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Vol 38 No 1


Frank Fletcher MSC

Neil Brown

Veronica Lawson RSM

Peter Price

Matthew C Ogilvie

Kevin Mark


Vatican II in hope and memory:


THE CHURCH MUST be forever building, for it is forever decaying within and attacked from without…’ (T.S. Eliot, The Rock).

TS Eliot penned these words in 1934, in a rather different context from ours. There is nonetheless a sense in which they speak to the Catholic Christian experience of Church in our time. Many of us grew to adulthood in a church that was forever wary of attack from without- real or imaginary. We live now in a Church that is beginning to notice and to address the signs of decaying within. Eliot’s architectural metaphor with its Pauline echoes still has power even if the metaphor’s referent has undergone a momentous change. For most Catholics, the catalyst for change was Vatican II.

This reflection is about Vatican II in hope and memory. It is an invitation to look back and to re-member the past, but to look back in hope as we face an unmapped future. First, I offer a word about memory in this context. I then address the invitation to look back under the rubric of power: the unquestionable power of Vatican II and the structures of power that have functioned to release or to constrain that power. The topic is vast and the space is short. I focus therefore on what I consider to be three key features of Vatican II: 1) the church as the people of God; 2) the biblical renewal; and 3) the church’s new engagement with the world. Finally, I ask about the sources for hope and the sense in which we can speak of hope some 40 years after the Second Vatican Council. The nuances of some of the issues raised will remain for the reader to consider and explore, as this short reflection allows only for a ‘broad-sweep’ treatment of the topic.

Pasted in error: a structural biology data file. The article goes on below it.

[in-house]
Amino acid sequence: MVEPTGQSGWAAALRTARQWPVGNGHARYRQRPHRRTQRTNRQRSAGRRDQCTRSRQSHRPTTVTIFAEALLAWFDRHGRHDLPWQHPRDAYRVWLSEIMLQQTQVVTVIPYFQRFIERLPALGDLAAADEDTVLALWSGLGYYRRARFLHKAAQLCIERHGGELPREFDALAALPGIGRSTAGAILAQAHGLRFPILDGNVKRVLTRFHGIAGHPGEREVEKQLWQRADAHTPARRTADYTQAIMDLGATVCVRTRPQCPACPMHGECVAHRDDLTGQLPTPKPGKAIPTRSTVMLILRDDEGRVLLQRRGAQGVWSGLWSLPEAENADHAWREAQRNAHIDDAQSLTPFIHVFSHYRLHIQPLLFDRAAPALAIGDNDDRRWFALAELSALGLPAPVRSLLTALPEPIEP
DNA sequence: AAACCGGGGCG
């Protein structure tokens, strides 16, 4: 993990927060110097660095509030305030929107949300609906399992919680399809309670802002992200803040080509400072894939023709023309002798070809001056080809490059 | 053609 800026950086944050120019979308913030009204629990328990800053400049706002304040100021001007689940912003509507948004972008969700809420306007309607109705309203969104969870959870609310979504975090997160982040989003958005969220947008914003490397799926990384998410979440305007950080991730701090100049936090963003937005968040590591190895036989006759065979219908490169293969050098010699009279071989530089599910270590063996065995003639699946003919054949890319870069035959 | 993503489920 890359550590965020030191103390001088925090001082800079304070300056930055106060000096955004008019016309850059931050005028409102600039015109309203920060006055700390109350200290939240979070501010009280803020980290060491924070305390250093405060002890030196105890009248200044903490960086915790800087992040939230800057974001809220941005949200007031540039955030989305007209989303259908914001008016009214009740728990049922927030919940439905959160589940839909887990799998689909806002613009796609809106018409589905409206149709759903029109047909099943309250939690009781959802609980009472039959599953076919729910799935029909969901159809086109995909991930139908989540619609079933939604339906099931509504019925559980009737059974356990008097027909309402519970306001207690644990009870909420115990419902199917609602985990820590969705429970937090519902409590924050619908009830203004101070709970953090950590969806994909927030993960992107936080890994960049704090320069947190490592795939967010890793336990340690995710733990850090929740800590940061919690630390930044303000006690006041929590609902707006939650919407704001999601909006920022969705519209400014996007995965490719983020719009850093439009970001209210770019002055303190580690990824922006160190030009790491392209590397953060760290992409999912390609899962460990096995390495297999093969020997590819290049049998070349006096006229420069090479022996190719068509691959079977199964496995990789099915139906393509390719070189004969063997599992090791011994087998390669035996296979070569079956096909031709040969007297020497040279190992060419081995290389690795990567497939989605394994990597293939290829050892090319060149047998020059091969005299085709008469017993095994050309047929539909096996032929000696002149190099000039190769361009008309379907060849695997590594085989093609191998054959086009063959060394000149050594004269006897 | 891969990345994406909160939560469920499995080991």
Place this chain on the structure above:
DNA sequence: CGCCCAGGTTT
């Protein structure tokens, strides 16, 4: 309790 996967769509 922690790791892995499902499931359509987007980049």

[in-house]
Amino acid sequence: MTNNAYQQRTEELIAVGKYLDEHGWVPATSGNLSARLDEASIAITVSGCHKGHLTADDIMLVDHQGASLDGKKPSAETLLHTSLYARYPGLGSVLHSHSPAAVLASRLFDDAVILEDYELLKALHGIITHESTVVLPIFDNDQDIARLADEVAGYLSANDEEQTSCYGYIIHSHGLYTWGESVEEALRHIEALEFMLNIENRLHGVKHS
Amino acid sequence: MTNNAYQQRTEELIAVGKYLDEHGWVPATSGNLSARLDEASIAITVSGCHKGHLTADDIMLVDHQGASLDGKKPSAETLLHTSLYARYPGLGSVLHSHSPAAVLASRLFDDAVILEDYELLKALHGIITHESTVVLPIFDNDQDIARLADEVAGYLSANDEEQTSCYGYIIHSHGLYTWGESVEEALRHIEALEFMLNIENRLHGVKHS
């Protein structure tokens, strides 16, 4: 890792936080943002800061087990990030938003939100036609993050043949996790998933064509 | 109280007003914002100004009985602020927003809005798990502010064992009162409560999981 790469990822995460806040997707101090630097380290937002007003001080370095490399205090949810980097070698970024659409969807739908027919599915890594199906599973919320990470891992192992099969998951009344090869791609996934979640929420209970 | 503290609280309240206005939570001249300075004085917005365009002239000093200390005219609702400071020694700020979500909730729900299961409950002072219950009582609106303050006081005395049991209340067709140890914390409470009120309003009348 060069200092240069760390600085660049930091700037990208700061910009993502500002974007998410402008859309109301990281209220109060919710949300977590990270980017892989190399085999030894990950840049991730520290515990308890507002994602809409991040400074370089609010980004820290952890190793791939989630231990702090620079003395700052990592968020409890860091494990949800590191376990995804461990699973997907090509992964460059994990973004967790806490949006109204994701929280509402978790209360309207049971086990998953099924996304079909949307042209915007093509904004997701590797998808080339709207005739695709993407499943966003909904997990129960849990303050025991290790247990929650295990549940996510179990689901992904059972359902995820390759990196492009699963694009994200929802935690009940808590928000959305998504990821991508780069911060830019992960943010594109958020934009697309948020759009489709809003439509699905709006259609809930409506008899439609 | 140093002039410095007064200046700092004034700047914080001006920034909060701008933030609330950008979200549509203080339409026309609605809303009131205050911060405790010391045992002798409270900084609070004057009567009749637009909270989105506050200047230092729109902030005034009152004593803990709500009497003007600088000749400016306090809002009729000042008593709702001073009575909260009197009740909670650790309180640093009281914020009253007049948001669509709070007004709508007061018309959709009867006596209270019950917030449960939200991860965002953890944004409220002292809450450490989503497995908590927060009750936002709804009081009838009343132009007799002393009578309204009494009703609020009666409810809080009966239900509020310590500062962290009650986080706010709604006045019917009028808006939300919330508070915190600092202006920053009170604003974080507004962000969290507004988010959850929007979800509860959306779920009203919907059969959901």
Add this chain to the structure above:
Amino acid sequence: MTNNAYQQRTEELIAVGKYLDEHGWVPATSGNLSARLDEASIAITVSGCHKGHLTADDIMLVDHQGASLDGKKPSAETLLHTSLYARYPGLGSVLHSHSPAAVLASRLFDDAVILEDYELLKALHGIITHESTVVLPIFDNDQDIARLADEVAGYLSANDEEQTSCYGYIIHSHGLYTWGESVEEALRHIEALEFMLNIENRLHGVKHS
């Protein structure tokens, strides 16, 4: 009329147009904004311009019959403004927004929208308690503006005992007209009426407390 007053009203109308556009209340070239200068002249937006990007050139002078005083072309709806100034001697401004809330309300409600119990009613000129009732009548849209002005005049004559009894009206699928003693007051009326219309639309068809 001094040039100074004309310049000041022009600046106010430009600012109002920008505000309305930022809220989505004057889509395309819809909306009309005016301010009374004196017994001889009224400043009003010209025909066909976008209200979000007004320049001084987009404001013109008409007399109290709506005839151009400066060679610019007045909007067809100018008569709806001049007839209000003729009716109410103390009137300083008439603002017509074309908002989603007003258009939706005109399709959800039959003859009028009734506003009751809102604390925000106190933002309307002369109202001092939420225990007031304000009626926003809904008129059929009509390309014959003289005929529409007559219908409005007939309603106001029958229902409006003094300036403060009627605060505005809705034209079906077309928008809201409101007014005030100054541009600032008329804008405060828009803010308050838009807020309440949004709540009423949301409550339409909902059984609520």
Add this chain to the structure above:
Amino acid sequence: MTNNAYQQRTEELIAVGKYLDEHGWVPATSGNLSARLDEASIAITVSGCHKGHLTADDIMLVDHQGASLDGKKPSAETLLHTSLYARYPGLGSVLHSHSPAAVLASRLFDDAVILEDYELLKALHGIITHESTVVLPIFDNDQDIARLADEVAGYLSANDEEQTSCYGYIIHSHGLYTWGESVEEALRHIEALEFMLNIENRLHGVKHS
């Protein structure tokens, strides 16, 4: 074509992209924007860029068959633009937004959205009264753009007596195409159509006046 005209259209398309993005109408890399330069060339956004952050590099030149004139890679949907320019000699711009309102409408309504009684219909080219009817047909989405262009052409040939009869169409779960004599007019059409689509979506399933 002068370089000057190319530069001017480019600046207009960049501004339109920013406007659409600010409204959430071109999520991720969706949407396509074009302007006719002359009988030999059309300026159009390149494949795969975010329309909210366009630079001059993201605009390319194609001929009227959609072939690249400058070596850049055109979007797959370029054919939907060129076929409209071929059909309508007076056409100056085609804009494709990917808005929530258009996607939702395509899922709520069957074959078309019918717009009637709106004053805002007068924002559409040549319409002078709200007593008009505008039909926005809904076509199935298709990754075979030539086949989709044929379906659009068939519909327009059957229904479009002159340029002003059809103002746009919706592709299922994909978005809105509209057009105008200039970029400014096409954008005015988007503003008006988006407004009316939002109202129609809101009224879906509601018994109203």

Every worshipping Christian knows that memory is an integral part of our heritage: the rituals at the heart of our Christian tradition are based on the deep conviction that all the power of the originating event is present in the act of re-membering, in the re-telling of the communal story. Our Eucharistic celebration is in a very real sense a story-telling event, a time of re-membering, and this is true not only of the liturgy of the word but also of the liturgy of the Eucharist (On the night before he died…). For the richness of this aspect of our tradition, as for so much else, we are indebted to our Jewish sisters and brothers. From time to time, we rightly remember the event that was Vatican II, and in the remembering, the re-telling, we access once again some of the power of that event. The analogy with the Eucharistic celebration, like all analogies, falls short, but is nonetheless valid, for Catholics everywhere have been shaped and are still being shaped by the power that was released in that event.